• Neil: Very often product managers, at least at large companies, are looking at an existing customer base where you understand the market and there's a product that you develop based on that understanding. But I think we're at this cusp where there's a whole generation that is going to enter the market as buyers in the next five years. The problem is there's very little understanding on what their preferences are beyond the fact that we know they prefer more sustainable products and are willing to pay more money for it. [16:39]
  • In the Test & Validate stage, it's important to keep in mind that you're not designing a product to sell this year, but you're designing a platform that you will be selling over the next couple of years and the customers that you will have will be fundamentally different. Usually, these kinds of generational changes happen every decade and I think we're at that cusp now. [17:18]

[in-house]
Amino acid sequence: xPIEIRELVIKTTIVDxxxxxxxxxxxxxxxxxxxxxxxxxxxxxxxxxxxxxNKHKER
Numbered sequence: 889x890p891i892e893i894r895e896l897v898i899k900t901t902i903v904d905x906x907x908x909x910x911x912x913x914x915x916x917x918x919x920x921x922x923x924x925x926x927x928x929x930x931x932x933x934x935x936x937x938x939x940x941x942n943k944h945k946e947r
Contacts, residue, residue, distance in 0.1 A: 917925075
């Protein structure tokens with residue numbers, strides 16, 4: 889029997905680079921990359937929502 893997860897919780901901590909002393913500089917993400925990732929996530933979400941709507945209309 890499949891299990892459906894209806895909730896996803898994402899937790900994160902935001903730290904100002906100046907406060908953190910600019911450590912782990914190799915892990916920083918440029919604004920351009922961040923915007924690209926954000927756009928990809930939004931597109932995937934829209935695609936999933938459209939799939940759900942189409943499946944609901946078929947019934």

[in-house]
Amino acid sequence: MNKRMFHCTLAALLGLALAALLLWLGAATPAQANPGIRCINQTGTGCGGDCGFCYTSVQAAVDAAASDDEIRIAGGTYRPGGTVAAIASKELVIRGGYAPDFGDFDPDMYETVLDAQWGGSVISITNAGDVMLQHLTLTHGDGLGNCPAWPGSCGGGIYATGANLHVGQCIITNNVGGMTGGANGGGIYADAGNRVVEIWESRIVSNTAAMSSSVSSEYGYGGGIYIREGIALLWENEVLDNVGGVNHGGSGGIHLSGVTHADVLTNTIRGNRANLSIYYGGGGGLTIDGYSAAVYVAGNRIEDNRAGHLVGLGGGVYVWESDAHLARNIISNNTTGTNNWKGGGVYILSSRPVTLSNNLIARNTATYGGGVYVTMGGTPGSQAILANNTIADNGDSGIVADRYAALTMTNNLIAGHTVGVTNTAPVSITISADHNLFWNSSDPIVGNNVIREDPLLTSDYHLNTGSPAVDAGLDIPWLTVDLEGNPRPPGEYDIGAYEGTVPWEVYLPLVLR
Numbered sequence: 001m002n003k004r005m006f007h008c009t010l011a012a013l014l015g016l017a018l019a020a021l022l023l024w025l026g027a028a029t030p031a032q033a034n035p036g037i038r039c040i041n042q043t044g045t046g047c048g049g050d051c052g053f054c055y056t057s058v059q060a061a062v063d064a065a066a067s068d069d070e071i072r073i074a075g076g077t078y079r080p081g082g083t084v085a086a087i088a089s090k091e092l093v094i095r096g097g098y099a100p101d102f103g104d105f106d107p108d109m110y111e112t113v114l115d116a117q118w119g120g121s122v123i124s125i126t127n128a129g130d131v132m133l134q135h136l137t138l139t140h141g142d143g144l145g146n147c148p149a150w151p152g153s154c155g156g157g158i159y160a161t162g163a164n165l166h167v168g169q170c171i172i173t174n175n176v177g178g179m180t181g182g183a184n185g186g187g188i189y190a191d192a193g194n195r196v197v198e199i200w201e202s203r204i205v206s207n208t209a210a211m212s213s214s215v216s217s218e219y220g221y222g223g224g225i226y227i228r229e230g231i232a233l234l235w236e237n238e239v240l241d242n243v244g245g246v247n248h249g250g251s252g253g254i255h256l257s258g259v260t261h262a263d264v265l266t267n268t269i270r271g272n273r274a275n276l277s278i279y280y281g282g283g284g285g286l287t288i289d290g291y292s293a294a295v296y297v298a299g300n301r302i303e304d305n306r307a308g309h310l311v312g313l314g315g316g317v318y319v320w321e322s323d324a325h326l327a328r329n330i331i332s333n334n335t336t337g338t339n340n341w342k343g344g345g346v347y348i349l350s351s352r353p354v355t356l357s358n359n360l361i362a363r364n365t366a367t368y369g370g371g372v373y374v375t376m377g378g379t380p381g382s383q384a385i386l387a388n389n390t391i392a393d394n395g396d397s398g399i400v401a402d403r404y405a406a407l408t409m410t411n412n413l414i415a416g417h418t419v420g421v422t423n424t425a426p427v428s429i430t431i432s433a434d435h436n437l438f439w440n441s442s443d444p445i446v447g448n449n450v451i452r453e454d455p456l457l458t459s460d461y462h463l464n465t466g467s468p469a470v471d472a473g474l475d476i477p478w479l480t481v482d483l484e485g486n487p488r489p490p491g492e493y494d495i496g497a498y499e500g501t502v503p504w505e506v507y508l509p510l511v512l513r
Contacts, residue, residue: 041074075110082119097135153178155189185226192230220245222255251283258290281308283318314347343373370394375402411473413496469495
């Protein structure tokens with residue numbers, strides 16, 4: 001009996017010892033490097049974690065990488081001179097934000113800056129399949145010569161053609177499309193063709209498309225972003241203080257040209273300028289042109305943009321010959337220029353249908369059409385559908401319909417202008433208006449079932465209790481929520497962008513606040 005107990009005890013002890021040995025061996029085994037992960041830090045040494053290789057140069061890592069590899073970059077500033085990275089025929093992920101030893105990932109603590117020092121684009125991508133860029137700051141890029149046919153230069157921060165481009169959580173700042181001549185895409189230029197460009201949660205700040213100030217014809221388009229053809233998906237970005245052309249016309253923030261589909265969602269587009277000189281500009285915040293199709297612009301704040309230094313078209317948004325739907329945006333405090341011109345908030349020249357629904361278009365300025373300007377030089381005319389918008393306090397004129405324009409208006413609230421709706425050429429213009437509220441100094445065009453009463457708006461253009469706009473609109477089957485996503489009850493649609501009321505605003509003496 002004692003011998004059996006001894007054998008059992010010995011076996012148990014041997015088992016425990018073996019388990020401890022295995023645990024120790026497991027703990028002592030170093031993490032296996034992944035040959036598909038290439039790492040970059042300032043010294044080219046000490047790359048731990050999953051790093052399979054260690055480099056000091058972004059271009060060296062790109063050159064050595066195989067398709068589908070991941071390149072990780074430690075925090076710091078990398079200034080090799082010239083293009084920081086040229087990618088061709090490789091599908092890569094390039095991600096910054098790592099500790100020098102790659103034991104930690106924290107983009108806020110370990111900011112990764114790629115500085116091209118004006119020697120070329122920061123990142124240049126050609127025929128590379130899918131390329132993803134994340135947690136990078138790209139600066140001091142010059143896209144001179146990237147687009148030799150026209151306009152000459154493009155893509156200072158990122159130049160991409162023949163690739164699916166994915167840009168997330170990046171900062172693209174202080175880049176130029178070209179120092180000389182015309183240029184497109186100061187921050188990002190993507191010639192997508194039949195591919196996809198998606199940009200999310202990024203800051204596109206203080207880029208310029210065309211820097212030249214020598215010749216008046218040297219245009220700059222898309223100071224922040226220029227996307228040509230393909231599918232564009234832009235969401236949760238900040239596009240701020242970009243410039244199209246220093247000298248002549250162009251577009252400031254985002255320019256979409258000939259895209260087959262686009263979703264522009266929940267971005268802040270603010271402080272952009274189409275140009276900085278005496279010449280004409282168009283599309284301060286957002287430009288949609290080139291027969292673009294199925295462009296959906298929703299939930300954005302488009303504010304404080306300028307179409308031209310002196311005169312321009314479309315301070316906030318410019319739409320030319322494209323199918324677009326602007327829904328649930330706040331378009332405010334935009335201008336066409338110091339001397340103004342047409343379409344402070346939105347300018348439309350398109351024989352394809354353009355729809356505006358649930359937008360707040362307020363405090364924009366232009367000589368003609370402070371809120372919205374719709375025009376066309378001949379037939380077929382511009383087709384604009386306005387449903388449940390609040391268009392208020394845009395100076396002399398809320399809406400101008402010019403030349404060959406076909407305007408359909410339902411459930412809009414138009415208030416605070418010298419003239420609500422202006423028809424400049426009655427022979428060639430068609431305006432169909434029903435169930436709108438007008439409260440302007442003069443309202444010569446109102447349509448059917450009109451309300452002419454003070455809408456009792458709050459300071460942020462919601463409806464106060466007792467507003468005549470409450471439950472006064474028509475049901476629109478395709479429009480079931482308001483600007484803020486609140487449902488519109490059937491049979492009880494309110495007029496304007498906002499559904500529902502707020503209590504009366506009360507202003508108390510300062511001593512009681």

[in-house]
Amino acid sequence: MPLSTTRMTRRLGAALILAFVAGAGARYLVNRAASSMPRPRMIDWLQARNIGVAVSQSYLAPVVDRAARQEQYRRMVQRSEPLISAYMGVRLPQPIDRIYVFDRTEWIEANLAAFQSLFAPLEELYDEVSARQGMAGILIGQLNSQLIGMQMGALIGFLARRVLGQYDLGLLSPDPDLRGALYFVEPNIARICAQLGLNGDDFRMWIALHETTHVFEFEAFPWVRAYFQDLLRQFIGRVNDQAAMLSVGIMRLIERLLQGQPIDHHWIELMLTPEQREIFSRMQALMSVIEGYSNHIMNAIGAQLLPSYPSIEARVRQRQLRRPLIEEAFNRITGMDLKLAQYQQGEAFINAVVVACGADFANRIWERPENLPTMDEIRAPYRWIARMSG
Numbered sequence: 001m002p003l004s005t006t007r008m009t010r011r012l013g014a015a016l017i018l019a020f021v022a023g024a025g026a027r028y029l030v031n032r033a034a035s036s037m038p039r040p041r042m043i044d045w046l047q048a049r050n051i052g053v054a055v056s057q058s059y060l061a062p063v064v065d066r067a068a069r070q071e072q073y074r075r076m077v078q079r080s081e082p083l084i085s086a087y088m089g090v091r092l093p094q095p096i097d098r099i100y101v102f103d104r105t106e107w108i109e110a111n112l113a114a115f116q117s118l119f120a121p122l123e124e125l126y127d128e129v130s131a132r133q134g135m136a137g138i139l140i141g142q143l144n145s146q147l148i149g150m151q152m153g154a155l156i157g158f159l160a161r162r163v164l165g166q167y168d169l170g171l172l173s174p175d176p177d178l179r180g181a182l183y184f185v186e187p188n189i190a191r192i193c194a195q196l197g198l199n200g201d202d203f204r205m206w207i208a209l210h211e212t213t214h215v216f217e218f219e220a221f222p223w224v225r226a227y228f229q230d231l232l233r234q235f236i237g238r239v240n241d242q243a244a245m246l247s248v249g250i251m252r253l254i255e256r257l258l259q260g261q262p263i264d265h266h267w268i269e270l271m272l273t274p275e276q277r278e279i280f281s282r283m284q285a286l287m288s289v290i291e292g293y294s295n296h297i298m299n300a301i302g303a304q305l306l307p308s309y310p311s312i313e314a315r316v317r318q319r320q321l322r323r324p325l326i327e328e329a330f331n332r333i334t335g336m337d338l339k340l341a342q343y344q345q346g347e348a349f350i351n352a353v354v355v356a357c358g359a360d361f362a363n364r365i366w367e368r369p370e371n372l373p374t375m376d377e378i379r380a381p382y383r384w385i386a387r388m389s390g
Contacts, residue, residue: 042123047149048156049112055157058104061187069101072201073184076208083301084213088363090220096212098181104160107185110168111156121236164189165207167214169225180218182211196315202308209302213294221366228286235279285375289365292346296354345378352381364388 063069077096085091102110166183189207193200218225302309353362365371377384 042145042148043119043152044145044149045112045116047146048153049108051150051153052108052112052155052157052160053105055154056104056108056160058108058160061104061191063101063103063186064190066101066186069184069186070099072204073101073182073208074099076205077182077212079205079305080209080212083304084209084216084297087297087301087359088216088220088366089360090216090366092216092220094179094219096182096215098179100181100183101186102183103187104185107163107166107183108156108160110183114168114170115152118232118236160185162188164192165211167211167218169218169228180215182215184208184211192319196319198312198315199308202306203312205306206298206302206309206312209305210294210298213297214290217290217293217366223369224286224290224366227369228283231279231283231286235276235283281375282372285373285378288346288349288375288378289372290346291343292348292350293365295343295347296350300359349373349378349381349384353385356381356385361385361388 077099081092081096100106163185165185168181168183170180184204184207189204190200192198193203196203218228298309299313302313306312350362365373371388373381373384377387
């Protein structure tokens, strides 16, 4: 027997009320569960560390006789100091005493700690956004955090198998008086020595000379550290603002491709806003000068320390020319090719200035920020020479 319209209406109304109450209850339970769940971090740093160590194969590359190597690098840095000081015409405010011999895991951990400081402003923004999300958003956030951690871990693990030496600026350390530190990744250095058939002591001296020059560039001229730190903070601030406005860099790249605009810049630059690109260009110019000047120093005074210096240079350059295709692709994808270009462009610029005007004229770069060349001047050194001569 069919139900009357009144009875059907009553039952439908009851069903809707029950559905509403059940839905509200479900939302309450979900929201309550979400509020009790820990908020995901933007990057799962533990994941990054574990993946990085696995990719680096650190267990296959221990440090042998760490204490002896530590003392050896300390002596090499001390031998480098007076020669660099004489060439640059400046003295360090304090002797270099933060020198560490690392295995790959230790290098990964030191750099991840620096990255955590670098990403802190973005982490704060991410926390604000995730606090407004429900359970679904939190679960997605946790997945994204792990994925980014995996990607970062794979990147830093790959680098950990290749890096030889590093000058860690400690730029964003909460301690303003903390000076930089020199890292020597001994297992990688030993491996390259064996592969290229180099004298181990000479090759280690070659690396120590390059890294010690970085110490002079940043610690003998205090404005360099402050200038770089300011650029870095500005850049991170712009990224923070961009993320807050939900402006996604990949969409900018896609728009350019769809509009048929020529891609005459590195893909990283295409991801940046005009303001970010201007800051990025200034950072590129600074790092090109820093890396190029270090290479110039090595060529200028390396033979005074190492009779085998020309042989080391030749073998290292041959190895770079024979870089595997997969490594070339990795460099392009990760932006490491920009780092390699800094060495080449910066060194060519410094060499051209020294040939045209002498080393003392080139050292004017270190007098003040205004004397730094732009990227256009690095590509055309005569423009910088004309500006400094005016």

• Jim: Using the battery as an example, to me it's testing and validating the life cycle of how long does it last. They do aging tests to evaluate durability requirements, charging and discharging efficiencies or even user experiences - how people used it in pilot projects - and then just long term product reliability. Based on what we talked about in the first four stages, this is when you got to have some data. You have to have data to justify your recommendations and changes that you're going to use to go to market. [17:37]